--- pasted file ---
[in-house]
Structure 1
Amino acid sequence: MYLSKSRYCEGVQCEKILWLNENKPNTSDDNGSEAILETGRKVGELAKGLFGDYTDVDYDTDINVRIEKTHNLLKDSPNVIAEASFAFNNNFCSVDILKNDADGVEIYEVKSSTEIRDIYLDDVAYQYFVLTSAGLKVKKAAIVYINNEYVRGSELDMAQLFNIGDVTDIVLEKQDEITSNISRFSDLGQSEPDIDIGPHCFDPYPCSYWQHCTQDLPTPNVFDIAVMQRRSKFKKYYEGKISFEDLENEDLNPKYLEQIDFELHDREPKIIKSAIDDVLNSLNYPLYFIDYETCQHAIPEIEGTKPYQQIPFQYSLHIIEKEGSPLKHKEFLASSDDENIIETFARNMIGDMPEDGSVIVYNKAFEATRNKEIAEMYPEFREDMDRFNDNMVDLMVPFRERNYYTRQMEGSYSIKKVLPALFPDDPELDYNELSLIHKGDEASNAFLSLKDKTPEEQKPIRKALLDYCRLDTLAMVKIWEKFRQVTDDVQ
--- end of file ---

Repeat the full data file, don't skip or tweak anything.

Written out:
[in-house]
Structure 1
Amino acid sequence: MYLSKSRYCEGVQCEKILWLNENKPNTSDDNGSEAILETGRKVGELAKGLFGDYTDVDYDTDINVRIEKTHNLLKDSPNVIAEASFAFNNNFCSVDILKNDADGVEIYEVKSSTEIRDIYLDDVAYQYFVLTSAGLKVKKAAIVYINNEYVRGSELDMAQLFNIGDVTDIVLEKQDEITSNISRFSDLGQSEPDIDIGPHCFDPYPCSYWQHCTQDLPTPNVFDIAVMQRRSKFKKYYEGKISFEDLENEDLNPKYLEQIDFELHDREPKIIKSAIDDVLNSLNYPLYFIDYETCQHAIPEIEGTKPYQQIPFQYSLHIIEKEGSPLKHKEFLASSDDENIIETFARNMIGDMPEDGSVIVYNKAFEATRNKEIAEMYPEFREDMDRFNDNMVDLMVPFRERNYYTRQMEGSYSIKKVLPALFPDDPELDYNELSLIHKGDEASNAFLSLKDKTPEEQKPIRKALLDYCRLDTLAMVKIWEKFRQVTDDVQ